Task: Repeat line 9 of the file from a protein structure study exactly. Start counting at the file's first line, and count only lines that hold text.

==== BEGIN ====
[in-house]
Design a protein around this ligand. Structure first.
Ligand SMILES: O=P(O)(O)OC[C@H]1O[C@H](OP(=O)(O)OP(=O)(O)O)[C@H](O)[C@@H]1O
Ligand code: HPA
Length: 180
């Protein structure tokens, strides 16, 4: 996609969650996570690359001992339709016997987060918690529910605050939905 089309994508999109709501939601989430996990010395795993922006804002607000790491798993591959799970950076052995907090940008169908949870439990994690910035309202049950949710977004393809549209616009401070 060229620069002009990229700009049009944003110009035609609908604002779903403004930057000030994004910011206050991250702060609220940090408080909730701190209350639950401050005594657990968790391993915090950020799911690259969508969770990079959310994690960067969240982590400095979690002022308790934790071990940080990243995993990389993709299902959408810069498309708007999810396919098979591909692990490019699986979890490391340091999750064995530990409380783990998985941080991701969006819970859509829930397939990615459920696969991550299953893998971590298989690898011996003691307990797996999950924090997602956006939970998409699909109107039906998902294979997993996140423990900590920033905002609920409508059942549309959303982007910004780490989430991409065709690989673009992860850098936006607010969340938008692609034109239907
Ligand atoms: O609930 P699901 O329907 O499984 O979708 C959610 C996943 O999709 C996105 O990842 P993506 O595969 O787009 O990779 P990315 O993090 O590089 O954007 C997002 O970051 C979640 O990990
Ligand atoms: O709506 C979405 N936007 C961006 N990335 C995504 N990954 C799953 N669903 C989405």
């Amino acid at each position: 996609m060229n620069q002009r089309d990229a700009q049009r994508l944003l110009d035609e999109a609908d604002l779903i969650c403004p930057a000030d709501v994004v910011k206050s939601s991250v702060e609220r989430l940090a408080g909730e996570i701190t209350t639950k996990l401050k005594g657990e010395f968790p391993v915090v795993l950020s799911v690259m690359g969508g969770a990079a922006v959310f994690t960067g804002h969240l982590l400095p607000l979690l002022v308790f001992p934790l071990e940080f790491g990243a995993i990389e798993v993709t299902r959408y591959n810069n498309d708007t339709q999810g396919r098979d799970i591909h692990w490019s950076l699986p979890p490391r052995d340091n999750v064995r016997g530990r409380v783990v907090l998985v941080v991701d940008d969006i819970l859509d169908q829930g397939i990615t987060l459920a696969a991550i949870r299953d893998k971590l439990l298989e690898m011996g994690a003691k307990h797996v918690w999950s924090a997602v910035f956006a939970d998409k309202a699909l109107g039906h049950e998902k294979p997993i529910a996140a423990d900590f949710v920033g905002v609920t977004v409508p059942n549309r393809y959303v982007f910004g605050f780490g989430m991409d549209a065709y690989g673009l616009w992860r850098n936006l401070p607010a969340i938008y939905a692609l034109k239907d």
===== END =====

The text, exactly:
């Amino acid at each position: 996609m060229n620069q002009r089309d990229a700009q049009r994508l944003l110009d035609e999109a609908d604002l779903i969650c403004p930057a000030d709501v994004v910011k206050s939601s991250v702060e609220r989430l940090a408080g909730e996570i701190t209350t639950k996990l401050k005594g657990e010395f968790p391993v915090v795993l950020s799911v690259m690359g969508g969770a990079a922006v959310f994690t960067g804002h969240l982590l400095p607000l979690l002022v308790f001992p934790l071990e940080f790491g990243a995993i990389e798993v993709t299902r959408y591959n810069n498309d708007t339709q999810g396919r098979d799970i591909h692990w490019s950076l699986p979890p490391r052995d340091n999750v064995r016997g530990r409380v783990v907090l998985v941080v991701d940008d969006i819970l859509d169908q829930g397939i990615t987060l459920a696969a991550i949870r299953d893998k971590l439990l298989e690898m011996g994690a003691k307990h797996v918690w999950s924090a997602v910035f956006a939970d998409k309202a699909l109107g039906h049950e998902k294979p997993i529910a996140a423990d900590f949710v920033g905002v609920t977004v409508p059942n549309r393809y959303v982007f910004g605050f780490g989430m991409d549209a065709y690989g673009l616009w992860r850098n936006l401070p607010a969340i938008y939905a692609l034109k239907d």